“You need to be doing other things besides sitting in front of a video game,” Dr. Aiken says.
Limiting children’s gaming time can also be important for their brain development. Many video games are designed to trigger the reward center of the brain, giving users hits of the neurotransmitter dopamine when they win.
“The games are designed to frequently reward you to keep you coming back,” Dr. Aiken says.
That can lead to a kind of addiction to video games. The World Health Organization has labeled the condition “gaming disorder.” And, like other addictions, video games can provoke angry or violent outbursts from children when they can’t play them, research has shown.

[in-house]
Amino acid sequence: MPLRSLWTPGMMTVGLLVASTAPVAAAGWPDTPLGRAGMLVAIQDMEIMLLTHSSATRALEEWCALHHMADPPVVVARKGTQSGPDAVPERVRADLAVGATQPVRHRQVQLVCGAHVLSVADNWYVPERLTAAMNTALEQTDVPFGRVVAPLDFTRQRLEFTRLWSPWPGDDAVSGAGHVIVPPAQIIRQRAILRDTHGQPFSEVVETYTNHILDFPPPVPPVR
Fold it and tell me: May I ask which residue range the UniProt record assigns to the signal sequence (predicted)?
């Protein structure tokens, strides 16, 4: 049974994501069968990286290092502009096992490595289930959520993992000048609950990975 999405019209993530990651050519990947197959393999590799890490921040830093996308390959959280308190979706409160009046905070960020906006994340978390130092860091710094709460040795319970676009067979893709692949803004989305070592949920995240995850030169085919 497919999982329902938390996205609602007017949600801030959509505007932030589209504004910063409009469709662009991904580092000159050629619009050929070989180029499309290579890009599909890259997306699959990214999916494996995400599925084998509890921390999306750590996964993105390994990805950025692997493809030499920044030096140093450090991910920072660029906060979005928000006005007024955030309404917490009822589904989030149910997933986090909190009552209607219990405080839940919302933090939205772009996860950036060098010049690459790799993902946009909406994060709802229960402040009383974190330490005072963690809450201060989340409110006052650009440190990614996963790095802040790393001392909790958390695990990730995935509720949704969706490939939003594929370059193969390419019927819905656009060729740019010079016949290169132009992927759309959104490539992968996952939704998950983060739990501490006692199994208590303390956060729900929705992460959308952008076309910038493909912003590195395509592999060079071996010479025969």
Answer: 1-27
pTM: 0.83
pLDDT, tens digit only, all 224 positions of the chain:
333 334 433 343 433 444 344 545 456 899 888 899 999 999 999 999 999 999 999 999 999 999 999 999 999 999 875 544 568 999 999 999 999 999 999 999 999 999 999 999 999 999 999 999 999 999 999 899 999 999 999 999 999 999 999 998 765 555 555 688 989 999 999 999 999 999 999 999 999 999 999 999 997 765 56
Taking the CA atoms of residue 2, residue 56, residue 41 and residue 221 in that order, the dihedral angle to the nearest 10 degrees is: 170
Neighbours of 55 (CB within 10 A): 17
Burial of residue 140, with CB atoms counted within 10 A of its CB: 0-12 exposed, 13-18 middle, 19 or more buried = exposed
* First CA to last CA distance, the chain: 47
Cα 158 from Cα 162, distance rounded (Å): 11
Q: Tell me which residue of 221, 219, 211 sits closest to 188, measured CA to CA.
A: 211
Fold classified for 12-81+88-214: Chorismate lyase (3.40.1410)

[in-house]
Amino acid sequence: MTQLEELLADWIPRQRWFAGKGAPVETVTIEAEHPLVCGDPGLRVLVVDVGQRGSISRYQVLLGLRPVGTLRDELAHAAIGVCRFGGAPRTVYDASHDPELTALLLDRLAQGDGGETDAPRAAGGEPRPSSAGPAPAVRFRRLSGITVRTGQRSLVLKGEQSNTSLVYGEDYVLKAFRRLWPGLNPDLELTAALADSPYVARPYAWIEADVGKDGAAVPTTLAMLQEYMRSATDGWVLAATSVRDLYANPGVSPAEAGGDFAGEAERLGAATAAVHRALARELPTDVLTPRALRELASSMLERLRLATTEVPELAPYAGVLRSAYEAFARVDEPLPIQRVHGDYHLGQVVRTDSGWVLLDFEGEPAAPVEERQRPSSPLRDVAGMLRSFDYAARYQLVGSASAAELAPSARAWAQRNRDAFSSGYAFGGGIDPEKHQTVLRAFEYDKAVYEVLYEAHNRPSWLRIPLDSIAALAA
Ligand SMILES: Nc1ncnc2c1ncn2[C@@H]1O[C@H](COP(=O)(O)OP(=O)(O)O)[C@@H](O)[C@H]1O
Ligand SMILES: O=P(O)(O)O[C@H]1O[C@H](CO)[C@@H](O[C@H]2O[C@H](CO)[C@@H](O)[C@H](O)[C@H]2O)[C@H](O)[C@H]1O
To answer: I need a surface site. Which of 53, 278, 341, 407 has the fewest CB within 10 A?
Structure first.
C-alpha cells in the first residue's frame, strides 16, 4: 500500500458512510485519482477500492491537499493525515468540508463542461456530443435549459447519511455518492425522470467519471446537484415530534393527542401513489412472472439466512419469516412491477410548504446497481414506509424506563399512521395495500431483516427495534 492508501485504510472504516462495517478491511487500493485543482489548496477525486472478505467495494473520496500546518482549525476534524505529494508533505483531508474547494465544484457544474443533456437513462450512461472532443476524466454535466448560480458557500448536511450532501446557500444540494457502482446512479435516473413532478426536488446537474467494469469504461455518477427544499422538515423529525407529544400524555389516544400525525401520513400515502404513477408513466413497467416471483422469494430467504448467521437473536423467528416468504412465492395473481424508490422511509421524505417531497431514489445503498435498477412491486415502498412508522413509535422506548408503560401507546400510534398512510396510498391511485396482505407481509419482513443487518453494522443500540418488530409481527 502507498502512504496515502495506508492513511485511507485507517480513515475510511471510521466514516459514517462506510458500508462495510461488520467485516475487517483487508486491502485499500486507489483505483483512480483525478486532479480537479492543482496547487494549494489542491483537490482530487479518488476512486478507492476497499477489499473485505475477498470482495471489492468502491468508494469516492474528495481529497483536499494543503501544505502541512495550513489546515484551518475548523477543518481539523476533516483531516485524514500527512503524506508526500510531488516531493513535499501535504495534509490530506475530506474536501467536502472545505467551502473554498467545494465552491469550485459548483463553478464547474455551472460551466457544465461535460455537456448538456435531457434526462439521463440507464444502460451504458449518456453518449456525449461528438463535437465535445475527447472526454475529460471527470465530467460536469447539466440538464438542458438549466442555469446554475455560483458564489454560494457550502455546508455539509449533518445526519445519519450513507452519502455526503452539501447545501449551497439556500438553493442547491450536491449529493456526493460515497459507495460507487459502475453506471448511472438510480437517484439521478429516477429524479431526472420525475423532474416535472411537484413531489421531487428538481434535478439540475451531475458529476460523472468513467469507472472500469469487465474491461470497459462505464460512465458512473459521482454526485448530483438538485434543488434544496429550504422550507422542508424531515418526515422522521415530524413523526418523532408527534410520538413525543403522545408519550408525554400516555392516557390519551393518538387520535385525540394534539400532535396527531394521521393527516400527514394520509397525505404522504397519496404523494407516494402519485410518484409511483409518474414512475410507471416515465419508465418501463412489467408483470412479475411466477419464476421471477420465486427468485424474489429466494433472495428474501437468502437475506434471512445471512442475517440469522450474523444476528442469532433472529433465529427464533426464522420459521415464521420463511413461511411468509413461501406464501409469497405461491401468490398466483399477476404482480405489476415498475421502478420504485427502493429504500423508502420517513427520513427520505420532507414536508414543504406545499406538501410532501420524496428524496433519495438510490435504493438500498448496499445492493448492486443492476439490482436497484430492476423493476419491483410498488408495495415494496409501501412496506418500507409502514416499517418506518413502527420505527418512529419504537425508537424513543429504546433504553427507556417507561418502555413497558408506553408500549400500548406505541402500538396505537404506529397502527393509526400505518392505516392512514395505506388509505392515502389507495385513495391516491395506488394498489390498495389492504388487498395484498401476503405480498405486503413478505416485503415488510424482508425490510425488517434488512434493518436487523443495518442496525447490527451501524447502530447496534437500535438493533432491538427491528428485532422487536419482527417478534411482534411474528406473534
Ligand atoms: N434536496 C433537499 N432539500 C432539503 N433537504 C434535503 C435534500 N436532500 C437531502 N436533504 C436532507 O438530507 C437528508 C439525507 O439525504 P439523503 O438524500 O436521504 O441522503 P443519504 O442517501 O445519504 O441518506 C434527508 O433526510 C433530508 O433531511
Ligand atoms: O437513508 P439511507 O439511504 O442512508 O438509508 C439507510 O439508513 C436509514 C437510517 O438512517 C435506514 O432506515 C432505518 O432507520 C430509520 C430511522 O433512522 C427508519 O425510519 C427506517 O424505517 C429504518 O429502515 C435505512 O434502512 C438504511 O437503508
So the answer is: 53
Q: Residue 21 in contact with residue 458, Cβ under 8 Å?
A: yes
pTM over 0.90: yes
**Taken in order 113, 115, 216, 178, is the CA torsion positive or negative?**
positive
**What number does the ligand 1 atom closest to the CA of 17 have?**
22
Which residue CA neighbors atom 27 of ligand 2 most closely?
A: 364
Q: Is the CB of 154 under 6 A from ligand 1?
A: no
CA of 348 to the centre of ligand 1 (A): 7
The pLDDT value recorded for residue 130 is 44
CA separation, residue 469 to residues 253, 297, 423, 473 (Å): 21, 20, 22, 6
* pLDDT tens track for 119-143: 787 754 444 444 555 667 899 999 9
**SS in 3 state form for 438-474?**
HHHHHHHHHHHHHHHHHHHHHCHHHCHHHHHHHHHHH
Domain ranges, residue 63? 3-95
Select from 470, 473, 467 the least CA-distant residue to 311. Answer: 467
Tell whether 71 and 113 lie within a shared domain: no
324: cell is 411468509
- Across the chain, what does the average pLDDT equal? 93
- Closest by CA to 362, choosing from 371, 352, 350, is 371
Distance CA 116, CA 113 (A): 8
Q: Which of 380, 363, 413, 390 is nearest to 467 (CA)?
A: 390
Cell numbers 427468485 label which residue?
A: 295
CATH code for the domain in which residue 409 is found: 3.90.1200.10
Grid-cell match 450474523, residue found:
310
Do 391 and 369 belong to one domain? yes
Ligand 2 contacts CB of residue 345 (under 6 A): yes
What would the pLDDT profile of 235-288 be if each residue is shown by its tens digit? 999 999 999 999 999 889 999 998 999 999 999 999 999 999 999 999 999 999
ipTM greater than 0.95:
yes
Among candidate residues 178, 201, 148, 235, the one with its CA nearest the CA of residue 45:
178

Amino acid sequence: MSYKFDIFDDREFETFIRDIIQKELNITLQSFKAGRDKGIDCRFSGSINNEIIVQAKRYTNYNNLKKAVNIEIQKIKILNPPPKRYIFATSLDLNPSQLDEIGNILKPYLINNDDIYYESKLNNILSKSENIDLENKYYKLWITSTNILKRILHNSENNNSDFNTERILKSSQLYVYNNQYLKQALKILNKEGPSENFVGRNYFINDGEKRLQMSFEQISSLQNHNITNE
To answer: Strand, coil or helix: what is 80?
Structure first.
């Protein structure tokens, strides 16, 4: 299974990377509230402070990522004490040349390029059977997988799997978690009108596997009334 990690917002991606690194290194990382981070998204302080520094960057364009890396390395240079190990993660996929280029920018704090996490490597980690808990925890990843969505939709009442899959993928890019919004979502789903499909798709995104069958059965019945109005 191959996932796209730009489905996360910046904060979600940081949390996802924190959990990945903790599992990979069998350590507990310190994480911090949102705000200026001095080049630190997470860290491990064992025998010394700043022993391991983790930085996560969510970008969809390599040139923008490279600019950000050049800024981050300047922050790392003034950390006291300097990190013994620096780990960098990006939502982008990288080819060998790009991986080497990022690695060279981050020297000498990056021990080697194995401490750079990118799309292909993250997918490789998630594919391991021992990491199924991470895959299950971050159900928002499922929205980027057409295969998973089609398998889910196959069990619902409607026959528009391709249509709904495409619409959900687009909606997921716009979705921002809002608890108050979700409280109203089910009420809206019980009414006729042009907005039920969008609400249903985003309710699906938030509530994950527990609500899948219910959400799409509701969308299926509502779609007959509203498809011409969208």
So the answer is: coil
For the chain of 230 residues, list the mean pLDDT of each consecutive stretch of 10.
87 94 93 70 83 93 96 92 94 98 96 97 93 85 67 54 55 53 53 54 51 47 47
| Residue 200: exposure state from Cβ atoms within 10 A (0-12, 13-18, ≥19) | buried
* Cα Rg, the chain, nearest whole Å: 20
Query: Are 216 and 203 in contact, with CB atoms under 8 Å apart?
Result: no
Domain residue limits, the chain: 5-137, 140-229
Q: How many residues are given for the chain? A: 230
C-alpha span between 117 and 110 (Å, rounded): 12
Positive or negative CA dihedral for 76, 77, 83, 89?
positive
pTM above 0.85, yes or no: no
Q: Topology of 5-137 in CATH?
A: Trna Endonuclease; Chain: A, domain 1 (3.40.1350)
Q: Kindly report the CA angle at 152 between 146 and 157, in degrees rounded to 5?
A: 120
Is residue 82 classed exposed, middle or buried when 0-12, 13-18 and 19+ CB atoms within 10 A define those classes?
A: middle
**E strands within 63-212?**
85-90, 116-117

“People with certain conditions may be more susceptible to getting into that dopamine cycle,” Dr. Aiken says. “For example, people with ADHD may be more inclined than other kids to become overly focused on video games.”
To moderate the impact games can have on kids’ developing brains, experts recommend school-age children play no more than one hour per day on school days and two hours a day on the weekend. Children ages 2 to 5 should play for less than an hour and completely avoid violent games.
Toddlers under two should have no screen time at all, Dr. Aiken says.